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Are you measuring the real impact of your employee wellness program?

Use measurements that assess the stated strategic goals of your wellness initiatives

Employer wellness programs can be a win-win for both business owners and employees, improving the health and productivity of employees, while slowing the growth of health care costs for the company. But how can you tell if your program is working? Should you calculate ROI (return on investment), VOI (value on investment) or both?

ROI measures the monetary return related to wellness programs. It may include overall health care cost savings and productivity increases from reduced absenteeism and sick leave. ROI is strictly a financial measure, reported in dollars.

VOI looks at the overall value received from a wellness program, taking into account recruitment, retention, employee morale, decreased use of sick days and increased productivity.

Is one better?

ROI and VOI are both useful — they simply measure different aspects of wellness.

But which is more suitable for your organization? That depends on the goals you developed and your organization’s culture. Employers should reexamine the reasons for starting a wellness program. Wellness programs are often implemented with goals of controlling health care costs and improving employee health and productivity. Does your program have more of a people focus, a productivity focus or perhaps a different focus that makes either ROI or VOI more appropriate?

Use measurements that assess the stated strategic goals of your wellness initiatives. Was your goal to improve specific aggregate health data such as tobacco-use rates, or was it to improve your employee health culture and employee engagement?

Also consider the style of your program. What type of activities do you offer? Do you focus on employee education? Do you have a results-oriented program with outcome-based incentives? The answers can help determine whether ROI or VOI is the most useful method of measuring progress.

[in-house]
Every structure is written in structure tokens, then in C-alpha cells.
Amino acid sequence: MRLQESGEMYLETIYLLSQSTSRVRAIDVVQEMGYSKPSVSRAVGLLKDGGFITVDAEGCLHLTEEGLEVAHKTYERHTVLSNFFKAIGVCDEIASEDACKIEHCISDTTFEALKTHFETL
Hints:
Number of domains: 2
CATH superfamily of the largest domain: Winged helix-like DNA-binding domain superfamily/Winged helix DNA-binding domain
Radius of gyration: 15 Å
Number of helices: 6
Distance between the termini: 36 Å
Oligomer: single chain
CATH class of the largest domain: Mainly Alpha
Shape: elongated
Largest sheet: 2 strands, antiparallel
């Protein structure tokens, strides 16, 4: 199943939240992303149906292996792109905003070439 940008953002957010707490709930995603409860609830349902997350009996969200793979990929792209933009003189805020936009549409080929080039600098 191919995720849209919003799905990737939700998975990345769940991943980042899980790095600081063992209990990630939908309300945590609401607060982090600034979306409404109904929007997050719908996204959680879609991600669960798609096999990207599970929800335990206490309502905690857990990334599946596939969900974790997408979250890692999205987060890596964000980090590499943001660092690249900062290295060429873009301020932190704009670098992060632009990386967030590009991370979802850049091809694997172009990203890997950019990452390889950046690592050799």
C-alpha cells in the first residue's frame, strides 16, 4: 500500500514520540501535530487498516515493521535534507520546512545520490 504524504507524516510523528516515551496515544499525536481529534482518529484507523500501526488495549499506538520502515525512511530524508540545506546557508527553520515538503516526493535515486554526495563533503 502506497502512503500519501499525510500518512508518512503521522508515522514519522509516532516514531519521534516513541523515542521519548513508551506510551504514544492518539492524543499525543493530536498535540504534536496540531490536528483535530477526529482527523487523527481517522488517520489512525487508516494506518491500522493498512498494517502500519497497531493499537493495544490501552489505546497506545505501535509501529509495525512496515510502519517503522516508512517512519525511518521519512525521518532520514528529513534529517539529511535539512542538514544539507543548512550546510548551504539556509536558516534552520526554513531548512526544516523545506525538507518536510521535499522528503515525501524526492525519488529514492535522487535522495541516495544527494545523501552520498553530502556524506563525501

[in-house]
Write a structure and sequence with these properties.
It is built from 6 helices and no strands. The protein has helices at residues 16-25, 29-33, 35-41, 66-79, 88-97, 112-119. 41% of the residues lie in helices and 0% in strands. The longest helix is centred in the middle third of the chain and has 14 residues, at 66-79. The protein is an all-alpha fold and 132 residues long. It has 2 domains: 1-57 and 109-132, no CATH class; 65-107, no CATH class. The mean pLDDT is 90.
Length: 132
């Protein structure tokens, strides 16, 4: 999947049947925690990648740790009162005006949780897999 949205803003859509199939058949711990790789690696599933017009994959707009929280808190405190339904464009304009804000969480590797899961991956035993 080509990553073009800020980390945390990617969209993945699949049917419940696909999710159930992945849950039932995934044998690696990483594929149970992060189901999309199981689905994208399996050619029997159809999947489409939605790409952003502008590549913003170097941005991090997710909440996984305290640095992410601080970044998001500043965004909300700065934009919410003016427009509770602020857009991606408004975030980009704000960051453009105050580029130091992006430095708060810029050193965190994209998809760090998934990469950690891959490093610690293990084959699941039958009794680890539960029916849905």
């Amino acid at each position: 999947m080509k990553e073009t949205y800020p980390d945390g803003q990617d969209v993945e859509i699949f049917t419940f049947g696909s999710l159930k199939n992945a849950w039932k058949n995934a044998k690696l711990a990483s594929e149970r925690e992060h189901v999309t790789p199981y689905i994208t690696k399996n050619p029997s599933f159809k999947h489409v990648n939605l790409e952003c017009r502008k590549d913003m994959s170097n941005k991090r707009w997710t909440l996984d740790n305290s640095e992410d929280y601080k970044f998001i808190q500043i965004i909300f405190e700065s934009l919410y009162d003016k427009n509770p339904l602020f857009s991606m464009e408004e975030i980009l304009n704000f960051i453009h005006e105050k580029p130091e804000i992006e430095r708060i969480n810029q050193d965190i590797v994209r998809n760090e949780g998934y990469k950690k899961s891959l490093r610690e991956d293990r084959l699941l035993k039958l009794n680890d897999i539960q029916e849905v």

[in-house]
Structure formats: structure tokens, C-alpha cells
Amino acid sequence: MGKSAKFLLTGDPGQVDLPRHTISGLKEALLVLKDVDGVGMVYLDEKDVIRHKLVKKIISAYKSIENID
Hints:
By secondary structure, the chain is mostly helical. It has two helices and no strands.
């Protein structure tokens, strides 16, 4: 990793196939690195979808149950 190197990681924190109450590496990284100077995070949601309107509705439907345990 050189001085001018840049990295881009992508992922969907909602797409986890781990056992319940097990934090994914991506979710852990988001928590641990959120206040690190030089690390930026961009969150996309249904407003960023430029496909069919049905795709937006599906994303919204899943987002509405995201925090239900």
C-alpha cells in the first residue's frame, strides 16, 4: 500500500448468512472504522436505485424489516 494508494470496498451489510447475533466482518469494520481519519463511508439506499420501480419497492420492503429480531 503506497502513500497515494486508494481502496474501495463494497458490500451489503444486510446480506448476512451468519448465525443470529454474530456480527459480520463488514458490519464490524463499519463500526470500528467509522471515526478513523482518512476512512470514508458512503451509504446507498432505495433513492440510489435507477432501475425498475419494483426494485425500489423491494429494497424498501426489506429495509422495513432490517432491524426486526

For example, Advocate Aurora Health, one of the 10 largest not-for-profit, integrated health systems in the United States and a leading employer in the Midwest with more than 70,000 employees, focuses on overall employee well-being, rather than just physical health. Leaders at the organization, which has dual headquarters in Downers Grove, Ill., and Milwaukee, Wis., feel this wholistic approach is best evaluated by VOI to account for employees’ improved well-being.

Employee opinions matter

Determine the wellness goals of your employees by asking the following questions:

  • What are their core values?
  • What barriers do they face in meeting their wellness goals?
  • Are they satisfied with the current wellness offerings?
  • What are their perceptions of their total wellbeing – financial, spiritual, relational, emotional?

Measure their perceptions over time through surveys, meetings or focus groups. Use their feedback to make improvements.

It typically takes three to five years before you see tangible results, but observing steady improvements over time means your program is making a positive impact.

Keep score along the way

Common metrics easily measured include participation rates in wellness programs or activities. However, participation rates don’t always translate into improved outcomes. Health metrics to assess ROI or VOI should not be self-reported. Tie measures to external or national benchmarks to produce useful comparisons. Internal benchmarks (year-over-year comparisons) are another way to assess change.

Track the impact of your wellness programs using a wellness scorecard and monitoring it over time. Advocate Aurora, for example, tracks five categories on its wellness dashboard: cost, fitness, tobacco use, screening and behavioral health.

Consider a hybrid approach

Measuring ROI savings can help justify the cost of your wellness program, and VOI can capture the additional benefits achieved by improving employees’ overall health and well-being. A robust wellness scorecard could include ROI metrics such as medical claims savings or decreases in sick days plus broader VOI measures, which can show returns in:

  • Engagement and improved morale,
  • A culture of wellness,
  • Loyalty,
  • Productivity,
  • Recruitment and retention, and
  • Job satisfaction.

Want to further explore a proven way to lower your medical costs and improve your employees’ health and well-being? Visit Advocate Aurora’s Employer Solutions for a solution customized to your company’s culture that could include employer clinics, wellness, occupational health, employee assistance programs (EAP), executive health programs and more.

Advocate Aurora Health is one of the 10 largest not-for-profit, integrated health system in the United States and a leading Midwest employer with more than 70,000 employees and the region’s largest employed medical staff and home health organization. The system serves nearly 3 million patients annually in Illinois and Wisconsin.

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Kelly Sutton, MBA, CCWS serves as Aurora’s Health Care’s Wellness Program Manager. She is responsible for managing the health and wellness strategy for Aurora’s approximately 30,000 employees. Sutton has been with Aurora for 29 years and has held leadership positions in care management, fitness management and rehabilitation and wellness programming.

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